Now, let’s talk about DE Markus Golden.
Last year, I and many Cardinals’ fans were urging Steve Keim to re-sign Golden. While he was slow bouncing back from the ACL he tore in October of 2017, his sack numbers in 2018 were not good (3 sacks, plus 26 QB pressures), in part due to the fact that he only played in 393 snaps in 11 games after being brought back slowly from his rehab.
However, by the end of the season one could see that Golden was starting to look like the player who generated 13 sacks and 53 QB pressures in 2016.
As it turns out the Cardinals could have re-signed Golden to a one year $4M contract to see if he could return to form. Instead, as we know, Michael Bidwill and Steve Keim thought it would be a great idea to “bring Terrell Suggs home” for virtually twice of what the Giants paid to Golden ($3.75M).
But again—-the Cardinals were never a “home” for Suggs who felt jilted when the Cardinals passed on him in the 2003 NFL Draft when they infamously traded their #5 pick to the New Orleans Saints for the Saints’ #17 and #18 picks. Suggs was snagged by the Ravens at #10, while the Cardinals selected WR Bryant Johnson at #17 and DE Calvin Pace at #18.
Imagine that—-that has to rank as one of the biggest draft gaffes in the history of the franchise.
Here again is a scenario that Cardinals have to quickly fast forward away from and distance themselves from—-a perplexing draft history that at times was so pitiful it was laughable.
It is therefore to a certain degree understandable (albeit still egregious) that Suggs was rumored to have have told a Ravens teammate that instead of “stealing money” from his beloved Ravens, he elected to “steal money from the Cardinals” instead.
And while the Cardinals are at it—-it would be good time to distance themselves from anything to do with the Ravens who have been haunting the Cardinals like “the rare and radiant maiden whom the angels named Lenore.”
As a message to the Ravens, it would now be wise for the Cardinals to blaze their fiery red eyes and quoth like the raven: “Nevermore.”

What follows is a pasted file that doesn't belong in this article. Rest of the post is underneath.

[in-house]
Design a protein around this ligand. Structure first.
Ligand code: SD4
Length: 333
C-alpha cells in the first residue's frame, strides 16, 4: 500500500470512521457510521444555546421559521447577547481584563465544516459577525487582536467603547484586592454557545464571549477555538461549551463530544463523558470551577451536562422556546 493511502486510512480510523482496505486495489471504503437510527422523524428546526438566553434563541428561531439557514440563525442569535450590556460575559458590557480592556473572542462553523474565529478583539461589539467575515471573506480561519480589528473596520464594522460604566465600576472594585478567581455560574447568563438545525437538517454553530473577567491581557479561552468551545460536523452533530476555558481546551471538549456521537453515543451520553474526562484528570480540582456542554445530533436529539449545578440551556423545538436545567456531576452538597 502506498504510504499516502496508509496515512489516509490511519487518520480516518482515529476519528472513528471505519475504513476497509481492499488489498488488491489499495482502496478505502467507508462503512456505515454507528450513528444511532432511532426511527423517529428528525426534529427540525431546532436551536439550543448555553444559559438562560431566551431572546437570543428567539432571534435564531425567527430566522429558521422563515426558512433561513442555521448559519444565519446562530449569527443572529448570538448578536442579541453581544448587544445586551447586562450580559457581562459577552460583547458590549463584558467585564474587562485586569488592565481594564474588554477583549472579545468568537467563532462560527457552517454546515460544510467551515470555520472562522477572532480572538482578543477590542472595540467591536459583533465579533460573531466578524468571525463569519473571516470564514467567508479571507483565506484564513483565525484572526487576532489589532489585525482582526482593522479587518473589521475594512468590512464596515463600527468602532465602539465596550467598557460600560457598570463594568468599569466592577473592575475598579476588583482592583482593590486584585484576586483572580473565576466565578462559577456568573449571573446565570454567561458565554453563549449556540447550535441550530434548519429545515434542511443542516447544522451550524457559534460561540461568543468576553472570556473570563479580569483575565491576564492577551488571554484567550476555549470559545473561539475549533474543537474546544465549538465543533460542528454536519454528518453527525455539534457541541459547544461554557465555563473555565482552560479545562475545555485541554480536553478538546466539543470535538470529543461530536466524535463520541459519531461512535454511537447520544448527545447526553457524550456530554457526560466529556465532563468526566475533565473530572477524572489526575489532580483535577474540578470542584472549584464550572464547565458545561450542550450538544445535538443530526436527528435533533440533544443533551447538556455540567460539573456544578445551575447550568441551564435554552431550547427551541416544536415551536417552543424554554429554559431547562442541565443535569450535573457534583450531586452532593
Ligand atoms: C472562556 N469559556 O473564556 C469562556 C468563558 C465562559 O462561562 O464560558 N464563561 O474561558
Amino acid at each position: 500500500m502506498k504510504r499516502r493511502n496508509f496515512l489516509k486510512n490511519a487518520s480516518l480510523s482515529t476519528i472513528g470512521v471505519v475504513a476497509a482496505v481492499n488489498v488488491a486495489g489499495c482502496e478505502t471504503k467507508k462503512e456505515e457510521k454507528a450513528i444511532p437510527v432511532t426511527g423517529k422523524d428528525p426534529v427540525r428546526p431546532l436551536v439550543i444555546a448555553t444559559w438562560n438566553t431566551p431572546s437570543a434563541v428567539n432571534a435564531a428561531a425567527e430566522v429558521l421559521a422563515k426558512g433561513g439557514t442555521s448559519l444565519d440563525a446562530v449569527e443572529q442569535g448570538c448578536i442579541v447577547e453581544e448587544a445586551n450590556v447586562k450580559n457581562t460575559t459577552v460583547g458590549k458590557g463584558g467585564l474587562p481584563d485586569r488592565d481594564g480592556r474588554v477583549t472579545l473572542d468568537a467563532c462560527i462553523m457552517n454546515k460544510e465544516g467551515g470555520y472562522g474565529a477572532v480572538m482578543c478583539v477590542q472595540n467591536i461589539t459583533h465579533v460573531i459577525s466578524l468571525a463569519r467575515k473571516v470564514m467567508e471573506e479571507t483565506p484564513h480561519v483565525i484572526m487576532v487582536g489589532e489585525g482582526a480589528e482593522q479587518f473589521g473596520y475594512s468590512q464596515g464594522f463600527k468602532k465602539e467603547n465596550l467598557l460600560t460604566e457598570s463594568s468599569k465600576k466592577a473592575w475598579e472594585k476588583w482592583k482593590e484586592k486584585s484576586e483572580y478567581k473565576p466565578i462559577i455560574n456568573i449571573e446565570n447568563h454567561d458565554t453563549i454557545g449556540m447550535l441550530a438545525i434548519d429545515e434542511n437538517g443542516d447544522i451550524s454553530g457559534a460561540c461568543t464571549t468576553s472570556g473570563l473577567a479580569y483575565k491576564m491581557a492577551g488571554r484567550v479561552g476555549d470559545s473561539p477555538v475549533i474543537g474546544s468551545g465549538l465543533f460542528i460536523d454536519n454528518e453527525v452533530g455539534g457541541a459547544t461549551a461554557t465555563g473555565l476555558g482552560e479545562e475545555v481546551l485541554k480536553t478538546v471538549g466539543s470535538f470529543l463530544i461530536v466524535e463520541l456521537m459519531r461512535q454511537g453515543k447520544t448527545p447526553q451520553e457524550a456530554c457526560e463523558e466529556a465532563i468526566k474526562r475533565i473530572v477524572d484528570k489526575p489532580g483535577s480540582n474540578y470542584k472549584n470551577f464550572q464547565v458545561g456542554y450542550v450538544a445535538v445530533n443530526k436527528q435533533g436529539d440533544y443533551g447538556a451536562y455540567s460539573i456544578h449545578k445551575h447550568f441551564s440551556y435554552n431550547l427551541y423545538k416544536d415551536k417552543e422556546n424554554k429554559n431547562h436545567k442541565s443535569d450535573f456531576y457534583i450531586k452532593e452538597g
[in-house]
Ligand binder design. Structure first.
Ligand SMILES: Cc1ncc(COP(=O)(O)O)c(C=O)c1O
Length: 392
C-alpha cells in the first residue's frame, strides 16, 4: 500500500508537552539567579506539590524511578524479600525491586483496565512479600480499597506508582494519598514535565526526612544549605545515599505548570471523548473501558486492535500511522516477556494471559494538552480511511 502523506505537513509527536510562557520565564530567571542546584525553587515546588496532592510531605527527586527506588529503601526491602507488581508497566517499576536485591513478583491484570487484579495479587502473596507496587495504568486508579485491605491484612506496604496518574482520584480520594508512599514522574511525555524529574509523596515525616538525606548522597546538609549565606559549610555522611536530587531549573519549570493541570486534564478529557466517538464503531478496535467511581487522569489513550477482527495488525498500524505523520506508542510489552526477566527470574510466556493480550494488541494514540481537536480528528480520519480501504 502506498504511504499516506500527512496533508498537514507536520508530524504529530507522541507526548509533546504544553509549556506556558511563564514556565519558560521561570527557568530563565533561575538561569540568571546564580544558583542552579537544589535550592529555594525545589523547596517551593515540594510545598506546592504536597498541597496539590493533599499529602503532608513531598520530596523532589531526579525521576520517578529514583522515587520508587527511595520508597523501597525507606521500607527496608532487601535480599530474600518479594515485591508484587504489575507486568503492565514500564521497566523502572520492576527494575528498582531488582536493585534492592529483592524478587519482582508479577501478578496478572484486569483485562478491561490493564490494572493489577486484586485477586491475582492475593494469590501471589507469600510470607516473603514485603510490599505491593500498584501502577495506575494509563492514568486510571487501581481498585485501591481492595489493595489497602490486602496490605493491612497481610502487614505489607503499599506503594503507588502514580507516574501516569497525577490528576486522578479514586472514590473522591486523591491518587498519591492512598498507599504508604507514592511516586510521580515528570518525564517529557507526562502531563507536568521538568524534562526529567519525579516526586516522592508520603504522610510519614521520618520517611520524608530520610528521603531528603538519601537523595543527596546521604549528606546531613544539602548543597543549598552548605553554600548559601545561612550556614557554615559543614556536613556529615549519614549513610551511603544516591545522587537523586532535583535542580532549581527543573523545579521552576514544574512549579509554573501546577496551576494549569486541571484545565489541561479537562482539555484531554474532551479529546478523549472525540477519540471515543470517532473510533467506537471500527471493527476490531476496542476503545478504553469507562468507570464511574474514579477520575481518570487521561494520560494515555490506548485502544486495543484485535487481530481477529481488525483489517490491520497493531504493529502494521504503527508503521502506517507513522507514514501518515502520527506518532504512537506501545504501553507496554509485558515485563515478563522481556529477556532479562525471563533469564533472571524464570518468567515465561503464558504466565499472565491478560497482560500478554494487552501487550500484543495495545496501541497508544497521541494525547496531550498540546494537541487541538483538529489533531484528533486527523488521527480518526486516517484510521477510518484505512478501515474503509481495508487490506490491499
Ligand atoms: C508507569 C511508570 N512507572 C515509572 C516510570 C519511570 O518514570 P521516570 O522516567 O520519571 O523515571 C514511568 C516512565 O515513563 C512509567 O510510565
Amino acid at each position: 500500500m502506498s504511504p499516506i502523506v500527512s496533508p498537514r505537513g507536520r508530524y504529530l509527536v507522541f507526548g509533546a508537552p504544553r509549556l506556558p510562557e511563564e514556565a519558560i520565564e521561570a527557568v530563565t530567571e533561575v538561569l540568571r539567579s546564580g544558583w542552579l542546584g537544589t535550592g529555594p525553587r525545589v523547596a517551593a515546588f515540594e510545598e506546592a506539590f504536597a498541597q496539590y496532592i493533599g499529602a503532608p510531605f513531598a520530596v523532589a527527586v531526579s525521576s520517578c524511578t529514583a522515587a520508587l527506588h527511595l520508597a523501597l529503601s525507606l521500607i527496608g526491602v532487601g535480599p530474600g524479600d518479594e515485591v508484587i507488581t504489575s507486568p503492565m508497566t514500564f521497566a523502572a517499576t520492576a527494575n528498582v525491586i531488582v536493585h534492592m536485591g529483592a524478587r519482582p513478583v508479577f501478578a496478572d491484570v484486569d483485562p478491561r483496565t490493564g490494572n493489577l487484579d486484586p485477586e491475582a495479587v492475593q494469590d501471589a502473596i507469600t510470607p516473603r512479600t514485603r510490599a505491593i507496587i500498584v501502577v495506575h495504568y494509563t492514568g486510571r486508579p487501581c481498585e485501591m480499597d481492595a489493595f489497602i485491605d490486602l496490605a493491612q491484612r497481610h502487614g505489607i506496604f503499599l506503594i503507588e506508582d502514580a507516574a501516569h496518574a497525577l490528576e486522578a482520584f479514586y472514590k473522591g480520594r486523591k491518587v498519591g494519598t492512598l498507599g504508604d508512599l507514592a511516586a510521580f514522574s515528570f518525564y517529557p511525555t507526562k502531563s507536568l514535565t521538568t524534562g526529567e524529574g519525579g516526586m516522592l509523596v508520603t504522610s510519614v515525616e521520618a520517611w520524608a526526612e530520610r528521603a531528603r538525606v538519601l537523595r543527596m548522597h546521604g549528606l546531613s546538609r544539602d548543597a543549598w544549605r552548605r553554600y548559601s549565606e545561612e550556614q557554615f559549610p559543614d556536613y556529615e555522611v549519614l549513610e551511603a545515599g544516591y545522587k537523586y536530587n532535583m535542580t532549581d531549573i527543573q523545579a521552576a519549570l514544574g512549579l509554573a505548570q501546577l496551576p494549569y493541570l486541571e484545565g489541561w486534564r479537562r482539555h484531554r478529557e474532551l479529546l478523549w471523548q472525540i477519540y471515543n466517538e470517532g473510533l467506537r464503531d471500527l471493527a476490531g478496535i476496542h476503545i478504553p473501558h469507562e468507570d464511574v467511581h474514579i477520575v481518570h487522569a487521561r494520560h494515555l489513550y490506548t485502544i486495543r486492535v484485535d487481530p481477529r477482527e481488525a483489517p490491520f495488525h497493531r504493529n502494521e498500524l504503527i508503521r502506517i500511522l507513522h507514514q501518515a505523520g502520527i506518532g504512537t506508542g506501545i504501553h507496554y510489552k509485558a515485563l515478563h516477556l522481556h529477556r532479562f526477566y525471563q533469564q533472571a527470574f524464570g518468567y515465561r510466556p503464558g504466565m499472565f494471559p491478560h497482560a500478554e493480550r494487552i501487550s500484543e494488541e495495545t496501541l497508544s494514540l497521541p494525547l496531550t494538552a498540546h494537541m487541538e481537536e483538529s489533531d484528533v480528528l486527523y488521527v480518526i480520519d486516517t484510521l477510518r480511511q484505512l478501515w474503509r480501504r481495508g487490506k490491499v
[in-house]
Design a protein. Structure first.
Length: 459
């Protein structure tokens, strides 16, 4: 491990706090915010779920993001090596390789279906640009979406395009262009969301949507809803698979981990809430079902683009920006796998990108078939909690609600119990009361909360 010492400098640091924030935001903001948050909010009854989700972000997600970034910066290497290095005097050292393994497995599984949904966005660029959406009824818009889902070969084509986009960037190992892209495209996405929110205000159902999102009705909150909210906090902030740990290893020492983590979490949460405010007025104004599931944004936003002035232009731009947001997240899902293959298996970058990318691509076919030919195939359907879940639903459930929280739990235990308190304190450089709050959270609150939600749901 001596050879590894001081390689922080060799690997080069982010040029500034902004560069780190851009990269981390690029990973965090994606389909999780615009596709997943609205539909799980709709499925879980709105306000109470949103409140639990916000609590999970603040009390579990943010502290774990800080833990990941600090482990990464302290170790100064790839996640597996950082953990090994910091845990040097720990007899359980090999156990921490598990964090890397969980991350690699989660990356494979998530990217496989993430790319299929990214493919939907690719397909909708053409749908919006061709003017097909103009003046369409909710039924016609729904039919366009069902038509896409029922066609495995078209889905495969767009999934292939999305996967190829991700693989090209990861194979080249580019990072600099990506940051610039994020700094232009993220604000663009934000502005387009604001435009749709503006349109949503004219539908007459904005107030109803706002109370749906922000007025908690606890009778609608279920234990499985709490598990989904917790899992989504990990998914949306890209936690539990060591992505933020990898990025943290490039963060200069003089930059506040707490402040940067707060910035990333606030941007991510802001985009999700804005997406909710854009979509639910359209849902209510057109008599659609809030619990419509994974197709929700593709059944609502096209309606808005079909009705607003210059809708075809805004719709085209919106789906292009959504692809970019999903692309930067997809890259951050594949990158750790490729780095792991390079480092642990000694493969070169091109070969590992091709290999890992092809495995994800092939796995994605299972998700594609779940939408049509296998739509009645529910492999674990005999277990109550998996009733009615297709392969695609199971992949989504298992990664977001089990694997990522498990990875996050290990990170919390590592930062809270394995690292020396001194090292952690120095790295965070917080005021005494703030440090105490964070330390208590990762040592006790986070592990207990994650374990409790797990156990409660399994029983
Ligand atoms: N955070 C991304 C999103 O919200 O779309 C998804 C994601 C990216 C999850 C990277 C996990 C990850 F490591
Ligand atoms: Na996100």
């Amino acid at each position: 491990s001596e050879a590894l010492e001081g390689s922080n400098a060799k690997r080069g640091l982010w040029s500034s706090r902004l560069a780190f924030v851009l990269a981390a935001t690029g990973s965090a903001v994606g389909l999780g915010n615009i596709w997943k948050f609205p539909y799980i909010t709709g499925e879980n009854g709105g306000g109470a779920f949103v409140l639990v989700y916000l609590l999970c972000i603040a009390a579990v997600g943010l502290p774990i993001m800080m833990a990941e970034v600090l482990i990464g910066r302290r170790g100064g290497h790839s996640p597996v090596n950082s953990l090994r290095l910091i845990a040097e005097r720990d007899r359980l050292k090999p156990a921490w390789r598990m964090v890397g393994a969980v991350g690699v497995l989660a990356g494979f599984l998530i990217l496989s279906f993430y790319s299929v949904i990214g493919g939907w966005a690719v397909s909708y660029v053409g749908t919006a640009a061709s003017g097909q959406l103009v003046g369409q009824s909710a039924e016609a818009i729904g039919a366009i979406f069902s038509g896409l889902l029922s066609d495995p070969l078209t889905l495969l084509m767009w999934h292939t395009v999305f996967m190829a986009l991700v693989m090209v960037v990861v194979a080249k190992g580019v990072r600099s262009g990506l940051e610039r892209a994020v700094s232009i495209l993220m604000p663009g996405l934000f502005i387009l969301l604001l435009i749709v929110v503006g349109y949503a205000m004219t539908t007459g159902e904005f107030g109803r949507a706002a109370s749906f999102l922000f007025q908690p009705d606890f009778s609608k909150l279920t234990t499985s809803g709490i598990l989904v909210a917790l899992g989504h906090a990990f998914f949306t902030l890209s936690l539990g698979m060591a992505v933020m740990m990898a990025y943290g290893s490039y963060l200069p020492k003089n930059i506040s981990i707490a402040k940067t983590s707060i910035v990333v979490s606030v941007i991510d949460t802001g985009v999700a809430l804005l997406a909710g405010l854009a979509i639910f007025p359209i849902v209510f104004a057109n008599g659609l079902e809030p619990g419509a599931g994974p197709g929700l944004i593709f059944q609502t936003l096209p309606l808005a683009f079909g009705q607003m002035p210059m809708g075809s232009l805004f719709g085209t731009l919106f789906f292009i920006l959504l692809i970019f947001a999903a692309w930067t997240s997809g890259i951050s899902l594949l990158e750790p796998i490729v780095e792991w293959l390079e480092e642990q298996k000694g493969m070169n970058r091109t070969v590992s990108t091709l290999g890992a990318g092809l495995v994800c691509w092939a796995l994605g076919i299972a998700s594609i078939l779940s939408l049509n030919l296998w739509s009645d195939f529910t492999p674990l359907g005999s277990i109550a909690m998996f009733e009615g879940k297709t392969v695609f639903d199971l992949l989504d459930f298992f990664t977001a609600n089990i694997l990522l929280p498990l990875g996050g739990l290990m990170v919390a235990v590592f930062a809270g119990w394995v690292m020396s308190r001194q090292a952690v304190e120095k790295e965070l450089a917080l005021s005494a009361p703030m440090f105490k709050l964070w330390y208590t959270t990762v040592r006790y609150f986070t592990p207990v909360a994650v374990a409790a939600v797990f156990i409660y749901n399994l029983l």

As for Markus Golden, he turned in a very good season (72 tackles, 64 QB pressures ,10 sacks) with the Giants and proved what many Cardinals fans saw toward the end of the 2018 season. Truth is—-Golden turned in double the production with the Giants that Suggs did with the Cardinals.
Golden has re-established his market value and is projected by Sportrac to command $13.5M a year on a new contract.
There are numerous reasons why the Cardinals should leave the Golden mistake in the past: (1) it makes them look incredibly foolish, suddenly to go from letting Golden walk in 2019 to then paying him one year later upwards of $13,5M a year on a new contract; (2) Vance Joseph has made it clear that he wants a SAM 34OLB who is a natural at both rushing the passer and dropping back into coverage so that he doesn’t have to use Chandler Jones in that role (as he was forced to do because of Suggs)—-and while Golden would be an asset in the pass rush, he is not an asset in pass overage, as evidenced by his 49.7 coverage grade with the Giants last year and his 38.5 coverage grade with the Cardinals in 2018; (3) the Cardinals have finally moved Haason Reddick to SAM 34OLB, his most natural position—-a position to which Reddick brings 4.52 speed and a 36.5” vertical jump.
The priority here appears clear—-the Cardinals still have an opportunity to get things right with their 2017 1st round pick, Haason Reddick.